Intrinsic & Extrinsic Motivation
By Rachael Tate
In Drucker’s book on management he states that “Making a living is no longer enough. Work also has to make a life” (1974, p. 170). This statement relates to a generation where work life and personal life were kept separate. Most employees would work for money and go home. There was no intrinsic motivation to work any harder than needed and for many years organisations would reward their staff with monetary bonuses such as increased salaries and benefits. These are known as extrinsic rewards. Today, contemporary organisations are beginning to change the workplace by implementing intrinsic rewards to increase motivation. Studies show that intrinsic rewards could be the beginning of a new management era and that they should be incorporated into the common management style in the 21st century. This essay defines intrinsic and extrinsic motivations and provides ‘real world’ examples of the benefits they reap when introduced.
Intrinsic motivation has been described in many ways. Amabile, Hill, Hennessey, and Tighe (1994) describe it as “the motivation to engage in work primarily for its own sake, because the work itself is interesting, engaging, or in some way satisfying” (p. 950). According to Ryan and Deci (2000) intrinsic motivation refers to “doing something because it is inherently interesting or enjoyable” (p. 55). Pink (2009) defines intrinsic rewards as encompassing three components: Autonomy (the need to direct your own life), Mastery (desiring to get better at something you’re passionate about) and purpose (the longing to be a part of something bigger and better). When all an employer wants from an employee is compliance, the traditional concepts of management will work. In the case that the employer seeks engagement, self-direction is more motivating. Amabile (1996), a professor at Harvard Business School, asserts that “Without intrinsic motivation, an individual will either not perform the activity at all, or will do it in a way that simply satisfies the extrinsic goals” (p. 7). This statement supports that for an employee to be engaged in what they are doing and satisfied doing it, intrinsic motivators are required. If your employees are only completing the tasks given to them because you are motivating them with extrinsic rewards, it can be expected that when you take the reward away, they will no longer be motivated to complete the work.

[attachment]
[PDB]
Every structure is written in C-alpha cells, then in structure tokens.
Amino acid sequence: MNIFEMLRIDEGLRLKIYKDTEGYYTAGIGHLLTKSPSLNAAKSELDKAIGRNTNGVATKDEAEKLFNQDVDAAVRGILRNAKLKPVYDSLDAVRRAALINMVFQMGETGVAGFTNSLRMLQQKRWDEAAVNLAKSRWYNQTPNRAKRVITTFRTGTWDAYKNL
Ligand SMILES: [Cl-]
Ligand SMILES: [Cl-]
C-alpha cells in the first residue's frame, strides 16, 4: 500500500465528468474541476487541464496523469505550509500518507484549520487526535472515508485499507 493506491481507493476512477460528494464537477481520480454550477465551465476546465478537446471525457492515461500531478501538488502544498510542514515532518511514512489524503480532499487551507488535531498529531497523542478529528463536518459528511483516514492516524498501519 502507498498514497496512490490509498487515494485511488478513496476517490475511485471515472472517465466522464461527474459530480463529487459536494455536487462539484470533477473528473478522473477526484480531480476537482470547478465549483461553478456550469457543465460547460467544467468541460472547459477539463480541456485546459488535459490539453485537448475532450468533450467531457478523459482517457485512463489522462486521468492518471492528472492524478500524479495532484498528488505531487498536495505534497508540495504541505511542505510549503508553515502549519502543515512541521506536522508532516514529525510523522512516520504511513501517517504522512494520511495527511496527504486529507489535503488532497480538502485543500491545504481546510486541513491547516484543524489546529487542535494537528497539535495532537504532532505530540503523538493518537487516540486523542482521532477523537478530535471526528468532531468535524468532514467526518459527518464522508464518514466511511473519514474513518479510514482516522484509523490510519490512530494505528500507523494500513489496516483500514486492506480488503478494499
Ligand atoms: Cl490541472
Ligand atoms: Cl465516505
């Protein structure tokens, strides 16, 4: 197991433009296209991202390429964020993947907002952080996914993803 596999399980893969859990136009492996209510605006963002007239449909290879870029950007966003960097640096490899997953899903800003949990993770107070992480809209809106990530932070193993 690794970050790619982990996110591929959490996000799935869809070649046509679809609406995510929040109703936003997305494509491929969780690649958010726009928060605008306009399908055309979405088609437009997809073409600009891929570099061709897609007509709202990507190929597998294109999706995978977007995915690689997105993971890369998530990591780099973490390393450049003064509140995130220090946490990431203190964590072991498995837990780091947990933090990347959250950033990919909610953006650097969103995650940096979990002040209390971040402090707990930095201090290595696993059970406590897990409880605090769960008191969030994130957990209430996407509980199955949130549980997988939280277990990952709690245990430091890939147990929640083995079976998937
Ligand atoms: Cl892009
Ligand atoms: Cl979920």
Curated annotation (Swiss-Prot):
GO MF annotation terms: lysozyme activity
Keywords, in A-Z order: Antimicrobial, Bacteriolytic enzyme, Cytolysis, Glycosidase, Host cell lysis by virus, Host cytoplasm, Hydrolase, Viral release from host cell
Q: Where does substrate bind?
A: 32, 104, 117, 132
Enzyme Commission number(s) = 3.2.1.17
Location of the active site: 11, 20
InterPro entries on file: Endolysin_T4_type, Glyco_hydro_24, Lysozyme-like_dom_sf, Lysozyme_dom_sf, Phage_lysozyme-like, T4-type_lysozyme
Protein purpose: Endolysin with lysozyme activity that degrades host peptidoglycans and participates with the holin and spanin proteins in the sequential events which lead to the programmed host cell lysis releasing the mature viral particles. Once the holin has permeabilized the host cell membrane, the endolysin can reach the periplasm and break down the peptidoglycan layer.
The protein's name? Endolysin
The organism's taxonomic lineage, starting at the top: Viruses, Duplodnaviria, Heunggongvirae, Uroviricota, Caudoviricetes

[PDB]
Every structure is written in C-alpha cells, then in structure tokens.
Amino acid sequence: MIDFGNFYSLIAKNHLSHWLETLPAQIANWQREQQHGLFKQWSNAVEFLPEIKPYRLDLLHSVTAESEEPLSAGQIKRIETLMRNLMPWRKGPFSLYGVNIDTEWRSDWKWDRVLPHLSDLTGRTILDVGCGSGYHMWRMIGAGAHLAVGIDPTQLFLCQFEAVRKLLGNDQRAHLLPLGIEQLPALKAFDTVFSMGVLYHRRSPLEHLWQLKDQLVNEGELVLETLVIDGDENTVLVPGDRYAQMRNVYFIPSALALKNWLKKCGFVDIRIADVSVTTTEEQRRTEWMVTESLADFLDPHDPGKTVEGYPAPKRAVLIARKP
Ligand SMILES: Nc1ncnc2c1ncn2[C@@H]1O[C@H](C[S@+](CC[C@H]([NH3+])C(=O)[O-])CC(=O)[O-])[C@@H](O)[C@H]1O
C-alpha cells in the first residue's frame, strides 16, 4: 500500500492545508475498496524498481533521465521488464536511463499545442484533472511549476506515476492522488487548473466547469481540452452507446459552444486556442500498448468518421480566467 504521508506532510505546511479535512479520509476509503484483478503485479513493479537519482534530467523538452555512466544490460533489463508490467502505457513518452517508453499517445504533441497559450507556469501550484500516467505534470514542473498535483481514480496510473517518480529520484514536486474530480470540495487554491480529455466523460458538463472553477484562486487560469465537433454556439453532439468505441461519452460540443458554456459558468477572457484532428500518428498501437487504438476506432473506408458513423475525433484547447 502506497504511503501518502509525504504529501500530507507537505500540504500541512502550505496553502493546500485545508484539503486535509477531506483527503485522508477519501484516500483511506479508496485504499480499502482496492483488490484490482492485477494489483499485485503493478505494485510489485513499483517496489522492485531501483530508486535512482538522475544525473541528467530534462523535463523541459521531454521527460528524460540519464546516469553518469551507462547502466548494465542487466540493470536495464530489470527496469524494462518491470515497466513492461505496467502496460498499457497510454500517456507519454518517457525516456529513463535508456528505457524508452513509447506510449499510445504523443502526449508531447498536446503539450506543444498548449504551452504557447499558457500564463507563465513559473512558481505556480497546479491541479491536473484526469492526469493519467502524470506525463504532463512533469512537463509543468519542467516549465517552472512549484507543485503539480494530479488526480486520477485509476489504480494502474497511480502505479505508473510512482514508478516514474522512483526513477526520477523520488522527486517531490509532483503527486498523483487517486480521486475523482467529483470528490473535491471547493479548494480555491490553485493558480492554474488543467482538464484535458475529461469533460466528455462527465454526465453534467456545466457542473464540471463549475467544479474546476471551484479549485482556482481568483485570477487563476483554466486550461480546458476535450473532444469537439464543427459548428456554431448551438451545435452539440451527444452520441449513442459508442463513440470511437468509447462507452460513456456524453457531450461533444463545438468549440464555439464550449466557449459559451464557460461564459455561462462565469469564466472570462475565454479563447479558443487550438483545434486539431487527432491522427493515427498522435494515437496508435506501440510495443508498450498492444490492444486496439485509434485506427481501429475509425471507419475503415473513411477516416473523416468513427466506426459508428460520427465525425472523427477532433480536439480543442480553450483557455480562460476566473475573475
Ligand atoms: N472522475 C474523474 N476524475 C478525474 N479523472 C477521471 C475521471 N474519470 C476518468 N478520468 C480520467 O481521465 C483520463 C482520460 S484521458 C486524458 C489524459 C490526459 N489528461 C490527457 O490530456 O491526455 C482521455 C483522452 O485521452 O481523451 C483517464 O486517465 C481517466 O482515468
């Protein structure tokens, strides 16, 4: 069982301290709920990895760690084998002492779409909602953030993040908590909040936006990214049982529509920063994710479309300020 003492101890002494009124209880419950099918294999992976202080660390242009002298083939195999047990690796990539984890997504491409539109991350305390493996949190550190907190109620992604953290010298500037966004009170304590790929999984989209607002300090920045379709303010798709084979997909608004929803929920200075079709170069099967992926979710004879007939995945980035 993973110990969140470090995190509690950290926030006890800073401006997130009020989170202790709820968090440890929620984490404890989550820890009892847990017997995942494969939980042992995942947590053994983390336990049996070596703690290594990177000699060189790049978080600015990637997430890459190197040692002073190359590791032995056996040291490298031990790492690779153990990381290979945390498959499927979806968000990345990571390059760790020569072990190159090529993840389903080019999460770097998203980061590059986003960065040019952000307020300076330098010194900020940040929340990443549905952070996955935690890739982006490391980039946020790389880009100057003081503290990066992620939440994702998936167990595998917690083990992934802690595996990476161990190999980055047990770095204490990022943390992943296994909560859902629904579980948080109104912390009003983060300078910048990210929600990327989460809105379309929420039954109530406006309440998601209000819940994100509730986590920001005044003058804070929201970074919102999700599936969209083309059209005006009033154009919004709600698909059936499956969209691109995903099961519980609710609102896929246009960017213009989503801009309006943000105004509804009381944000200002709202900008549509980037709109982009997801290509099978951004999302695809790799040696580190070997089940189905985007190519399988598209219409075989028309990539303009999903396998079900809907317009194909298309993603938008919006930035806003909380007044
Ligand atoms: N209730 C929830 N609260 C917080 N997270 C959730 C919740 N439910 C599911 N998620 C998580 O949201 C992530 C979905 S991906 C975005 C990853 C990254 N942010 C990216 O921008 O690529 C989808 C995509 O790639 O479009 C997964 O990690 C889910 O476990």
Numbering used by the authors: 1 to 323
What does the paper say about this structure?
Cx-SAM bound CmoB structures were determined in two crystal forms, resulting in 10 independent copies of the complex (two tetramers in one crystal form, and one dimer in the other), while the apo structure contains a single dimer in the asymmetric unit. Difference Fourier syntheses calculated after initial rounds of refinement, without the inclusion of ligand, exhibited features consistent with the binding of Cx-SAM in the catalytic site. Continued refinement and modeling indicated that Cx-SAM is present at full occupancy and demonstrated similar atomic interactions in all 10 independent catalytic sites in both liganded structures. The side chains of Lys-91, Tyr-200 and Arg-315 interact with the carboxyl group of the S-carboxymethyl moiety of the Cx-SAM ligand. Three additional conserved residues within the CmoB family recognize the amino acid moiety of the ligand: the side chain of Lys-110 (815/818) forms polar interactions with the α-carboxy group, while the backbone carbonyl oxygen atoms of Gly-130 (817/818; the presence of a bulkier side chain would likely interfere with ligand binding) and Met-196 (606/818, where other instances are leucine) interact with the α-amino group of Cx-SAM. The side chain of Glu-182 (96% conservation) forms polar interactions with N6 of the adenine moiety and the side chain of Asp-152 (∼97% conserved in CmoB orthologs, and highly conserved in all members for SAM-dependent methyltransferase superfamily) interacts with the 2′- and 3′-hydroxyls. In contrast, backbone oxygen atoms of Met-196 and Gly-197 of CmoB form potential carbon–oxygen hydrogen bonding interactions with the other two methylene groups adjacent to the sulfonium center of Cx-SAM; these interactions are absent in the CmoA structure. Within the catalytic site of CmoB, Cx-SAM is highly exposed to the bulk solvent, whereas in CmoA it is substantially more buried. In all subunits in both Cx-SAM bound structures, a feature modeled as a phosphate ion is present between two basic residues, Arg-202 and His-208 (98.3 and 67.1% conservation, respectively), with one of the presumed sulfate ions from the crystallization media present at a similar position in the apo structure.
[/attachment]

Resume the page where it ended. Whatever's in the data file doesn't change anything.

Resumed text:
Extrinsic motivation has been defined as “Doing something because it leads to a separable outcome” (Ryan & Deci, 2000) or “the motivation to work primarily in response to something apart from the work itself” (Amabile et al., 1994). An example of an extrinsic reward is when an organisation motivates their workers to perform by rewarding them with money, such as bonuses, increased salaries, stock options or benefits. These rewards are easy to monitor as they stem from results. If an employee is following the organisational procedures and adhering to the rules, the manager can reward. If not, there will be no reward. It’s a very common motivator for organisations as it’s easy to manage. They don’t have to think about how the employee feels or if he/she is passionate about their job.
It made sense for extrinsic motivators to work in older generations. Most employees had one job to do, with a simple set of tasks. For example, a bookkeeper’s job was to record all financial transactions in relevant journals, creating profit and loss statements balance sheets etc. They were assigned to those exact tasks. Today, we have programs like MYOB that does all of that work for us. We are no longer working in organisations where our jobs are routine. Our work has become more complex and more interesting. Workers today are looking for ways to use their minds and to be involved in bigger things than just monotonous tasks. Time magazine published an article stating that “They...
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